Archaeological sites in the country reveal that Serbia was once the home of ancient civilizations, the birthplace of 16 roman emperors, and briefly even hosted the capital of the Roman Empire. Here are listed the most significant.

LEPENSKI VIR - 165 km east from Belgrade

Cultural center of prehistoric world was right here in what today is Serbia. The culture of Lepenski Vir is around 8,5 millennia old and it is a cradle of archaeological discoveries that have changed our knowledge about the early Stone Age in Europe. Lepenski Vir is one of the largest and most significant prehistoric archeological sites from the Stone Age. It is located on the right bank of the Danube in the Đerdap gorge (The Iron gates of the Danube).

VINČA - 15 km east from Belgrade

The remains of the oldest Neolithic civilization in Europe lies in Vinča, on the right bank of the Danube, not far from downtown Belgrade. When the mighty Danube returned to its river bed a century ago, it revealed a great treasure. An old man named Panta from Vinča found a strange clay figurine at the river bank. This curious old man had never seen anything like it, so he took his figurine to the National Museum in Belgrade in order to find the explanation. He couldn’t have even imagined that in his hands he was holding a figurine that had been made by an early man in the late Stone Age.

SIRMIUM - 75 km west from Belgrade

Sirmium, which was on the same territory where Sremska Mitrovica is today, was one of the capitals of the Roman Empire and one of the greatest metropolises of the time. Sirmium, as a settlement, originates from the ancient Celtic period, and some of its remains are 7,000 years old. At the time of the Flavian dynasty Sirmium was assigned the highest rank, it became Colonia Flavia Sirmiensium. The greatest urban expansion began at the end of the 3rd century and lasted throughout the 4th and partially 5th century. The well-known Roman writer of the 4th century, Ammianus Marcellinus, called it the glorious and populous mother of all the cities. The city also had an Imperial palace, a horse-racing arena, a mint, an arena theatre, and a theatre, as well as many workshops, public baths, temples, public palaces and luxury villas.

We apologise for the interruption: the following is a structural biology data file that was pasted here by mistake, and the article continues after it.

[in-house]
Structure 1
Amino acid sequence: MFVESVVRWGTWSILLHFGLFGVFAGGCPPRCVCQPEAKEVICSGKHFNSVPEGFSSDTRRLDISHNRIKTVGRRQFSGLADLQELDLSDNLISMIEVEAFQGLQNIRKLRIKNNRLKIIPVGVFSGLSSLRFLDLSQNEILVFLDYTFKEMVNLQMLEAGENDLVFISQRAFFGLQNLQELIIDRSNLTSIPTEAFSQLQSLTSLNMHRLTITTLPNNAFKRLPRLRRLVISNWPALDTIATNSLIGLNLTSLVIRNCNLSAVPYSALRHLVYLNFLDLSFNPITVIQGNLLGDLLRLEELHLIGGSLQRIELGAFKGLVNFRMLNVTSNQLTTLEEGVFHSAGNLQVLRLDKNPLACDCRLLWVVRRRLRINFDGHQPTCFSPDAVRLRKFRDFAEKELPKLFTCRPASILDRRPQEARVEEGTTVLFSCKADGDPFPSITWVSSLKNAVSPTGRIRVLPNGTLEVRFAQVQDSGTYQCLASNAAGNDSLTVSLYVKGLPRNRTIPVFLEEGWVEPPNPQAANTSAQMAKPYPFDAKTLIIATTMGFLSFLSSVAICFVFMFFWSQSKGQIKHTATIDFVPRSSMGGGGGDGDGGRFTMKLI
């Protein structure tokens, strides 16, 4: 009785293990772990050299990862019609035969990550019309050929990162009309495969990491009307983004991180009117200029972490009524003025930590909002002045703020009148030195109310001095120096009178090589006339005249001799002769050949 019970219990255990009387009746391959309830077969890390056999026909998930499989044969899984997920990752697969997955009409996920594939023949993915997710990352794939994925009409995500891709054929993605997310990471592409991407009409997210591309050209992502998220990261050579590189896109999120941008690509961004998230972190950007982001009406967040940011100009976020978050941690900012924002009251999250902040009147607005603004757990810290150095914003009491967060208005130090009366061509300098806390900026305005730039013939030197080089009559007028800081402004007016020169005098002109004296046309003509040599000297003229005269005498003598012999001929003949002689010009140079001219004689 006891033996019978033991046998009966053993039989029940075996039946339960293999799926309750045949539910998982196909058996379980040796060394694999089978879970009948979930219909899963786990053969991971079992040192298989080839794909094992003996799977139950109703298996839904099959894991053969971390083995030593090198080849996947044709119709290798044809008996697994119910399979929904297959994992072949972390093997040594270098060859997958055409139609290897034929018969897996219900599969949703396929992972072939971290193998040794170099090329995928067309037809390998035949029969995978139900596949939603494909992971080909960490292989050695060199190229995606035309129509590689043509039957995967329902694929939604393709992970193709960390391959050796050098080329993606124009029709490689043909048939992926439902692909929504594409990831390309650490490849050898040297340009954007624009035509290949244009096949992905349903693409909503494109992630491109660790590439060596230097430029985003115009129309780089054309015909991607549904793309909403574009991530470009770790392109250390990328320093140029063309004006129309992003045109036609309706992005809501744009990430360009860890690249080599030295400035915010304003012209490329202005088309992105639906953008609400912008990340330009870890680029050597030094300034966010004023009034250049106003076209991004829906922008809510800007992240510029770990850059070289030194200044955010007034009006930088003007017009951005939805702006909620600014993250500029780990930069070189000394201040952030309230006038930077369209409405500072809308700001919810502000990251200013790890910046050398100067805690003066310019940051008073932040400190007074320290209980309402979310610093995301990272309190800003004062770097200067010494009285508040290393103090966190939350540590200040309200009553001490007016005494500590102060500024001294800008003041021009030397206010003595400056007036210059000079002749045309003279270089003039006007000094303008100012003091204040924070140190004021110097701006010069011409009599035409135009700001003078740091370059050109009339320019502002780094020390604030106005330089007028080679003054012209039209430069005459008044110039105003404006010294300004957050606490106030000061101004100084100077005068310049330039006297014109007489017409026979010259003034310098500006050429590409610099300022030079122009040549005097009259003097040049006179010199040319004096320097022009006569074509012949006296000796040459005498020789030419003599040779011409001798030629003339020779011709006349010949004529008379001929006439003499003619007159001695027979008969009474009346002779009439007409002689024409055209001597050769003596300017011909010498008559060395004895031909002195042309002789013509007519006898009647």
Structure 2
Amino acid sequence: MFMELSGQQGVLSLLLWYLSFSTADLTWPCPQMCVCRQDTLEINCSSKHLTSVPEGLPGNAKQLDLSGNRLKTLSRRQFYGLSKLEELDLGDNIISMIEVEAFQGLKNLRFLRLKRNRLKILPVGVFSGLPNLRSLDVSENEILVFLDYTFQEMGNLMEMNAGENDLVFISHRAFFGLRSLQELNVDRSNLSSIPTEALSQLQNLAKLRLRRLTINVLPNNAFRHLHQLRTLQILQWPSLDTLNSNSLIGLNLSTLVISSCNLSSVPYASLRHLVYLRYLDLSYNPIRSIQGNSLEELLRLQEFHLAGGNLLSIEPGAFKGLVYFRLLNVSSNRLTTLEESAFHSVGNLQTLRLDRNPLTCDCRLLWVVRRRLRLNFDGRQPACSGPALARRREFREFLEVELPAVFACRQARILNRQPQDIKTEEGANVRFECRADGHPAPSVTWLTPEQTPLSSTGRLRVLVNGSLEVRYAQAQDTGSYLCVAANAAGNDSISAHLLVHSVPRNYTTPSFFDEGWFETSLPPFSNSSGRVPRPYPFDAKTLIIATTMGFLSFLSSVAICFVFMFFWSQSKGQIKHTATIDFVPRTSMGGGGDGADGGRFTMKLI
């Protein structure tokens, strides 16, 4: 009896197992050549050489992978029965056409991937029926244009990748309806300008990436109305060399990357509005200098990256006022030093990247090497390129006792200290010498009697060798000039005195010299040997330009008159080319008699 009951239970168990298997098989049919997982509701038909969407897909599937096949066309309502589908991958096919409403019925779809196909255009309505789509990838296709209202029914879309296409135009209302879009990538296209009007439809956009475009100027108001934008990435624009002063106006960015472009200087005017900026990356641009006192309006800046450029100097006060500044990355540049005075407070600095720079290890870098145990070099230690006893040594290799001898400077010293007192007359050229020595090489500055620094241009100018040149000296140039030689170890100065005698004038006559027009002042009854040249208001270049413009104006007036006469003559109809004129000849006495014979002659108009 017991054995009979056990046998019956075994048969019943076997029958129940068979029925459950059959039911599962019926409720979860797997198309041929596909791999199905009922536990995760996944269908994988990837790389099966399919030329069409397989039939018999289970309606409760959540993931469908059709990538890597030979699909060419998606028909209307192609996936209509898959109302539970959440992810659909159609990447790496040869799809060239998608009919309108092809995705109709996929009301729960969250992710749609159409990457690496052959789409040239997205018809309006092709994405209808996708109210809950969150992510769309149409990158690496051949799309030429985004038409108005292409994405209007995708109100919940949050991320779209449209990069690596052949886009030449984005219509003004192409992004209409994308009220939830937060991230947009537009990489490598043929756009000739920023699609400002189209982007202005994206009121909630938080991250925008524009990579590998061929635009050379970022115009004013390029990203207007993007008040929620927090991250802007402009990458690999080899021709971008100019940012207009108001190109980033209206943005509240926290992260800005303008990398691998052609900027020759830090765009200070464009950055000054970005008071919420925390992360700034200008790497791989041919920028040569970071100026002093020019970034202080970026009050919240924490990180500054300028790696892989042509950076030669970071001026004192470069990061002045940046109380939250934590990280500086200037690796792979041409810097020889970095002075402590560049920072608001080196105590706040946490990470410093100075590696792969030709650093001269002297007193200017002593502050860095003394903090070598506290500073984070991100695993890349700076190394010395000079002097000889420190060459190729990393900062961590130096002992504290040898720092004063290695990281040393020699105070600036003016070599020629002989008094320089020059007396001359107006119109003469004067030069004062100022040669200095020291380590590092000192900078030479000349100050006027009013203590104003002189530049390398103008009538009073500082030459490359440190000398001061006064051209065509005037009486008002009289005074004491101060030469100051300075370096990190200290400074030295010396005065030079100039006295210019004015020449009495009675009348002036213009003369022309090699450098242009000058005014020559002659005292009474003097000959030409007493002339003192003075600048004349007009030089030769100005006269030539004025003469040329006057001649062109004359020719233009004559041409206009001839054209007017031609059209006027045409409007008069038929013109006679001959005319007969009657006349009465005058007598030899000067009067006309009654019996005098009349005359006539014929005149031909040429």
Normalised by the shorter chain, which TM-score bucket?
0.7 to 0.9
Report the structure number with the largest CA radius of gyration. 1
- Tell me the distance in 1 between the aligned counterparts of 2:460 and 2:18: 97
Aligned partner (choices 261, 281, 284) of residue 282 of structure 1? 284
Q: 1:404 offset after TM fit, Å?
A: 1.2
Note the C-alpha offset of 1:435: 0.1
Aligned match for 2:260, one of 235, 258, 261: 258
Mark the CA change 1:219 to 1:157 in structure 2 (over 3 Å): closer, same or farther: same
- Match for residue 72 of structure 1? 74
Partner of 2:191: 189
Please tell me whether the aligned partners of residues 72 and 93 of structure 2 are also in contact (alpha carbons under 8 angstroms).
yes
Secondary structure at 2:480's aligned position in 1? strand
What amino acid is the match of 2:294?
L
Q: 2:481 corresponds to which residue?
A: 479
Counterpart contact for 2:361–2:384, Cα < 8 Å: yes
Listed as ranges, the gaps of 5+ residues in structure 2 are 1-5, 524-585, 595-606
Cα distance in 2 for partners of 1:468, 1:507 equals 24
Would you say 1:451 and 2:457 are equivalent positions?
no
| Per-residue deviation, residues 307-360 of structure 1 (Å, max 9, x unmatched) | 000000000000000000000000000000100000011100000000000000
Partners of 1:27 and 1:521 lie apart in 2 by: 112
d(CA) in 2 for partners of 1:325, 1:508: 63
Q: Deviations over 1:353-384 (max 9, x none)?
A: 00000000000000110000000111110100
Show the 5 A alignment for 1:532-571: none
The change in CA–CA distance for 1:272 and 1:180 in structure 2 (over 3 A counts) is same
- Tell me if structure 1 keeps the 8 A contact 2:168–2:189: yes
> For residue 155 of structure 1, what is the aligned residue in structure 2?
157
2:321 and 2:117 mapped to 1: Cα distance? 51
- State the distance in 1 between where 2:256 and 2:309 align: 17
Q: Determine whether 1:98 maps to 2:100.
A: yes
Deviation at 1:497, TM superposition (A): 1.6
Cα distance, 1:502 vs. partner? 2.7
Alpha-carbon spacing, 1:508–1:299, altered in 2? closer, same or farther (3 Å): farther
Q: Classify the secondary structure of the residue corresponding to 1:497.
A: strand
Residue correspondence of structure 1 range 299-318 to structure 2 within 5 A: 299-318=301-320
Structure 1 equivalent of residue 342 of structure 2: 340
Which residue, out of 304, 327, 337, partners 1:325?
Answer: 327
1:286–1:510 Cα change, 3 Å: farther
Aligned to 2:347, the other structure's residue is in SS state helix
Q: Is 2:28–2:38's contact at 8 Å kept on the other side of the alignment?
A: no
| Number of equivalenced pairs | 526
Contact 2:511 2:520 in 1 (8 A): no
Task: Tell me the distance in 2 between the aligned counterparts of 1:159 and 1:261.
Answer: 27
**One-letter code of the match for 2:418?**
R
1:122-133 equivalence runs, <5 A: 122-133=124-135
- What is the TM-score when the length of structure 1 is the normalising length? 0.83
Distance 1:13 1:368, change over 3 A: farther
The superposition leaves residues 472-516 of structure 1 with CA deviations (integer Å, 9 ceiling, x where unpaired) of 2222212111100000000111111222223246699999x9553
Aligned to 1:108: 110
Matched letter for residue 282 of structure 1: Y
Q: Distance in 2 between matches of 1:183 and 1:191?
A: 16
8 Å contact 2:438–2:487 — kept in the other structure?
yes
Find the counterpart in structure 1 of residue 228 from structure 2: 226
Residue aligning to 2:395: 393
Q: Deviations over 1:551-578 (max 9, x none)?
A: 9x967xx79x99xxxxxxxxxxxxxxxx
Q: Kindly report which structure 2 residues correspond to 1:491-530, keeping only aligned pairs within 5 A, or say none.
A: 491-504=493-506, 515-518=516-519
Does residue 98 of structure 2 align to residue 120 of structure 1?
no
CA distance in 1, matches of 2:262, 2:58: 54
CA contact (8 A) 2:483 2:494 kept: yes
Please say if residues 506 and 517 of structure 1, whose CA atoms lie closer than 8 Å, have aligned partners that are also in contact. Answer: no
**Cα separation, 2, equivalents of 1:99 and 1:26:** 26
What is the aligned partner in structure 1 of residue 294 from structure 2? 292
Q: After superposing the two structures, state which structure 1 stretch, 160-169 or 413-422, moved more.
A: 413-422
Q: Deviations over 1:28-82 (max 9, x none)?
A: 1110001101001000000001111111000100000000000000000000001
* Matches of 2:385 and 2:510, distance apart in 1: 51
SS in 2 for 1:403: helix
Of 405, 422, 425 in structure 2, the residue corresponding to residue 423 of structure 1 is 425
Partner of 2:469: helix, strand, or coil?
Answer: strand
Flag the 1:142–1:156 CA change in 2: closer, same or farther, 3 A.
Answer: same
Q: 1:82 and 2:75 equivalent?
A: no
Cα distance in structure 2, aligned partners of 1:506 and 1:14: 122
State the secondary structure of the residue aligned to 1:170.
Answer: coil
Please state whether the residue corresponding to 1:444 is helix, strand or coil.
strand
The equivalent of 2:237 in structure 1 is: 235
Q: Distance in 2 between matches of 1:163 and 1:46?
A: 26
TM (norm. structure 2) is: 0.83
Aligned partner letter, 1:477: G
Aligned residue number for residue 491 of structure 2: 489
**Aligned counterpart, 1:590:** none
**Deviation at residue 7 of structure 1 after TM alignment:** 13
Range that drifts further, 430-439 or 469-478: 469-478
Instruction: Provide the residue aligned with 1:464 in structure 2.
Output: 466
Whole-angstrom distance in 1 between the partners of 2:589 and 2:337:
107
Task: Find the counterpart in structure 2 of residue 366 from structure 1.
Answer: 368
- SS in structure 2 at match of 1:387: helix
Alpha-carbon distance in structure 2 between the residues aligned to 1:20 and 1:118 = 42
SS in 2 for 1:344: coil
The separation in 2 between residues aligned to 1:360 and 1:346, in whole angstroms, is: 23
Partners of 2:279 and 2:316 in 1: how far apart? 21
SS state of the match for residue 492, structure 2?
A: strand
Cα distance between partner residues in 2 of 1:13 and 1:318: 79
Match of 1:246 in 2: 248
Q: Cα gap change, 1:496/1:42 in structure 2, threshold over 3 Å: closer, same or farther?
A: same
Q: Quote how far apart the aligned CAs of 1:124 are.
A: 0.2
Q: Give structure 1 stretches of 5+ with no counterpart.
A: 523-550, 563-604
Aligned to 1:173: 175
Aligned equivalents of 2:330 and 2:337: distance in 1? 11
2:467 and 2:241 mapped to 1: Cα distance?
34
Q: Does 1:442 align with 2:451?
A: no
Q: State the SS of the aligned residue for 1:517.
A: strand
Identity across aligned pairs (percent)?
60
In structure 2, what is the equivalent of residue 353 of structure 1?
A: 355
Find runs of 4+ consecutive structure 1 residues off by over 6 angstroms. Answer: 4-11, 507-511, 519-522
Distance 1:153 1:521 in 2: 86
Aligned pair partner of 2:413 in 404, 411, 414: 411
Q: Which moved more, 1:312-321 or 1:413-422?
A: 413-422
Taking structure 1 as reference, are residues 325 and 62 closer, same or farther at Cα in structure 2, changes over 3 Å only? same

VIMINACIUM - 95 km east from Belgrade

Viminacium was a Roman military camp, with the headquarters of the Claudius' Seventh Legion, and city built in the 1st century and lasted until the beginning of the 7th century. It never recovered from the destruction in 441 when the Huns destroyed it to the groundDuring the reign of Justinian I in 535 it gets rebuilt as a frontier military fort that ended with the arrival of Slave tribes, that built their own settlement Braničevo on the city's ruins. In the necropolis around the city so far 14,000 graves were dug and 50,000 cases were discovered, of which 1,000 are gold. The discovery of a million year old mammoth, popularly called Vika, brought a special charm to this site. Mamutica Vika is among the oldest in the world (dates back to the prehistoric period, the Miocene).

FELIX ROMULIANA / Gamzigrad - 230 km south-east from Belgrade

Felix Romuliana was an imperial palace built on the orders of Galerius Maximianus on the spacious plateau of Gamzigrad, near the city of Zaječar. Galerius, who was born in this area, raised the palace in the 3rd and 4th centuries in honour of himself and his mother Romula, after whom he named it. It belongs to a special category of Roman court architecture associated only with the period of the Tetrarchy and is the best-preserved example of this style.

MEDIANA / Gamzigrad - 250 km south from Belgrade

Mediana was built built between III and the beginning of IV century on the left bank of the Nišava River, beside one of the most important roads, Via militaris. The central place in Mediana is taken by a villa with a peristyle, the most sumptuous building of residential character. The villa was probably built by order of Emperor Constantine The Great so that he, members of his family and numerous high imperial officials would have a place to stay during their visits to Naissus. The entire complex was enclosed with high walls and was spread over the area of 4.7 hectares, and a seventh of the entire area was tiled with mosaic. Most mosaics had decorative, geometric motifs, and most of them can be still seen in Mediana today. Two mosaics that are best preserved and that draw special attention are mosaics with figural mythological representations of the river god Flavius and the head of Medusa.